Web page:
When I began this self-interview, I assumed I’d complete it in one sitting. Now I’m of the opinion it’ll take at least four. Part 1 covers my overall approach. This’ll be followed by interviews on the O’Donnells family life, rise of Hitler, campaigns in Africa, Europe, and the Pacific … before and after Pearl Harbor. As one editor, Val Dumond, commented, “It’s an era that’s swiftly fading from memory.”
Q-I understand why history enthusiasts would have an interest, but why would potential writers?
A-I’ve known numerous authors, after receiving a critical evaluation, complain that they’d have to make major changes. Come on fellas! These aren’t the days of Edgar Allen Poe. We use computers. Revisions are no big deal.
Others vowed to be absolutely accurate. Boring, boring.
Whereas, my first criteria is to maintain the reader’s interest, which is especially needed in today’s world of declining readership. My advice to writers, use your imagination and make each revision an improvement to move the tale forward. Learn to accept the inevitable—stories seemingly take off in a direction all their own. At times, my scenes had to be moved and reconstructed to fit the book’s timeline.
Q-Give me an example?
A- John Meehan my Sligo born grandfather, in order to earn big money building Philly’s Broad Street Subway, handed my mom his badge to turn in to his foreman at the Electric Storage Battery Company. Digging the big ditch with pick and shovel, he lasted one day. Came home sickened because with a large family depending on his paycheck, he had quit his job. The Lord be praised, my wise-beyond-her-years mother, waited to see how he fared before surrendering the badge.
Because digging the subway occurred long before the beginning of my story, I modified the tale, and moved its essence to the chapter that contained the construction of Philly’s first skyscraper.
Q-Which of your books do you like the best?
A- That’s an unfair question to ask of any author. But, I’d have to say the Liam book. It set the pattern for those that followed. The tale began as a family saga to depict my childhood before becoming a reference book and expanding to its present volume.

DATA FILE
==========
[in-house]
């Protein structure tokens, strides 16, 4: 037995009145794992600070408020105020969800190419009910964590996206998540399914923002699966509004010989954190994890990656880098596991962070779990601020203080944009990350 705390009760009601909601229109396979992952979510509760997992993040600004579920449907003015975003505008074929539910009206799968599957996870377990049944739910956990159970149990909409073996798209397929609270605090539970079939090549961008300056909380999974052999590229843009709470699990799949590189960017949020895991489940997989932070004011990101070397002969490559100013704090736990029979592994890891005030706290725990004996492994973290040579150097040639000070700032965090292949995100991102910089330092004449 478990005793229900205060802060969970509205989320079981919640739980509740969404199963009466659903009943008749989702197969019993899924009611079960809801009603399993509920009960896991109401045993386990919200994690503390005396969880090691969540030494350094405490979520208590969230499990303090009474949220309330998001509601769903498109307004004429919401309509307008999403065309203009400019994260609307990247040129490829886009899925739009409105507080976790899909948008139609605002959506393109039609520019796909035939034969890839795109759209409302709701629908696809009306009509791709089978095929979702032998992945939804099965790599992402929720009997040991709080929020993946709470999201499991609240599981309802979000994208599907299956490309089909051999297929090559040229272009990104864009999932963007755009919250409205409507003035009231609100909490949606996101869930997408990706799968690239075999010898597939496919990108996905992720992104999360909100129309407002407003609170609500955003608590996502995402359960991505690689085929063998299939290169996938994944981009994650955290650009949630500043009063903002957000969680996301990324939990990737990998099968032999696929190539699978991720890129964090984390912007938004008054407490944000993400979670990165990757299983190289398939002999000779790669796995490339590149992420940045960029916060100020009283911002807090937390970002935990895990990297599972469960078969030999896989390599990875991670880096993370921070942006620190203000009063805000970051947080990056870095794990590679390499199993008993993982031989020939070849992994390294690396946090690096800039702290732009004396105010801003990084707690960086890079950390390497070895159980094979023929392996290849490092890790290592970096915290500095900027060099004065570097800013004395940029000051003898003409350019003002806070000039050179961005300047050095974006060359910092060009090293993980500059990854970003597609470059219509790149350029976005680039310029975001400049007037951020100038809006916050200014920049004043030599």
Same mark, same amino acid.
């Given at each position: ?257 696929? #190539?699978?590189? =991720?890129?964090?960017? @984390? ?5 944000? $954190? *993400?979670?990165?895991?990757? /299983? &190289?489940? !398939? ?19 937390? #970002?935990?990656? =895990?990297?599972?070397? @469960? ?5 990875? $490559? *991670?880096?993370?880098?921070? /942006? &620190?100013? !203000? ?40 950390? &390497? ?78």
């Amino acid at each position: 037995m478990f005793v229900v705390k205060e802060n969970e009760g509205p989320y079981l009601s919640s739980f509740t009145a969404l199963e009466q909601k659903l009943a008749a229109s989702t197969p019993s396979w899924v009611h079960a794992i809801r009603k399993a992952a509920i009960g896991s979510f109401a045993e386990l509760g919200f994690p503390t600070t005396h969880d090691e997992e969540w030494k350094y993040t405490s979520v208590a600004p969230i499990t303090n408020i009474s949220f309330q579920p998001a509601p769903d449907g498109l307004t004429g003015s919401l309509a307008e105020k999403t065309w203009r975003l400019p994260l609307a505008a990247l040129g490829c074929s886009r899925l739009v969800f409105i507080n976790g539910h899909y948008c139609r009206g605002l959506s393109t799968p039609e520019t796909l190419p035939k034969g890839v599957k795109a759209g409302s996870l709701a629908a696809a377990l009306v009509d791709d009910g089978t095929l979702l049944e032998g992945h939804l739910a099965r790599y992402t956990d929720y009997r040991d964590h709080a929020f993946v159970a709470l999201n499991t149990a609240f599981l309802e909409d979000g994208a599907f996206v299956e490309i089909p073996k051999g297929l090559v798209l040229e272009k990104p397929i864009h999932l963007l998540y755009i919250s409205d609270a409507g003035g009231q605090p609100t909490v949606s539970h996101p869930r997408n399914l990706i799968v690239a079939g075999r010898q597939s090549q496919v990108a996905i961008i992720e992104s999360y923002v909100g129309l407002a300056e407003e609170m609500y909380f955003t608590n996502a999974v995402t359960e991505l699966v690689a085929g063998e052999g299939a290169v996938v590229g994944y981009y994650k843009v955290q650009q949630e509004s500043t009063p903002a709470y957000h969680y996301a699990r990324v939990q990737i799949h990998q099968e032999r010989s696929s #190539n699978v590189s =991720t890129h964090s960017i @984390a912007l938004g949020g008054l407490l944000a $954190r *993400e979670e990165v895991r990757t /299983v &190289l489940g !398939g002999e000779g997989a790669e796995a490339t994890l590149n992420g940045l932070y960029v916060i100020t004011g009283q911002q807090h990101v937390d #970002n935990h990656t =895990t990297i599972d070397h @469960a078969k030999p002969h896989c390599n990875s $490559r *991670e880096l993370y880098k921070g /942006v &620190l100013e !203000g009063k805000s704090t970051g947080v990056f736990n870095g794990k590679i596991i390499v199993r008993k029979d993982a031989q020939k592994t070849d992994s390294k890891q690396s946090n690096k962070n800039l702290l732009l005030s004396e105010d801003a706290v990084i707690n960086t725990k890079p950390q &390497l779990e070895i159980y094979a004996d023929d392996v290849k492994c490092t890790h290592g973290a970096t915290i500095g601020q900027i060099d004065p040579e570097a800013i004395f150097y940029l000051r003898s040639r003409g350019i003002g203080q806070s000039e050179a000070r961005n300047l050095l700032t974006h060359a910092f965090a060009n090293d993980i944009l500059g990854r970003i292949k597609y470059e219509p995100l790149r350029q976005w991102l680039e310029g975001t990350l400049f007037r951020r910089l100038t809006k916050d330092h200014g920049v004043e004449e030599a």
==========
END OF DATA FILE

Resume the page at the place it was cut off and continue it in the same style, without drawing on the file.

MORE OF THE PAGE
Q-Tell me about it?
A- Picture a handyman who decides to build a modest abode, but after adding a sauna he doesn’t know when or how to stop. That’s me. While waiting to place the Druid book with a publisher, my kids asked me to write about growing up in Philadelphia, surviving the nuns, and attending a high school with 5,000 boys (that’s right 5,000). Just as a narrow stream joined by tributaries soon becomes a river; the book grew to 23-chapters—each one representing a year. By necessity, I dug deep into my own experiences, my memories, interviewed WWII veterans, and collected stories from all who’d share. Everything in The Life and Times of Liam O’Donnell happened to someone.
Q-What other major revisions did you make?
A-Many! I decided that my father and his brothers had led a far more exciting childhood. So, I lengthened the story to include their years. In addition, I moved the locale to Philadelphia’s industrial Port Richmond neighborhood. As the story took form, I pushed the beginning years further back to include the influenza epidemic, during which thousands (yes thousands) of Philadelphians died.
Q-Why is that so important?
A- Our country’s first involvement in a European war, WWI the war to end all wars, resulted in 25,000,000 deaths from the Spanish Flu. One out of five Americans was infected. My mother told of bodies being piled on the streets like cordwood, waiting for the garbage men to collect them. I thought my readers ought to know this.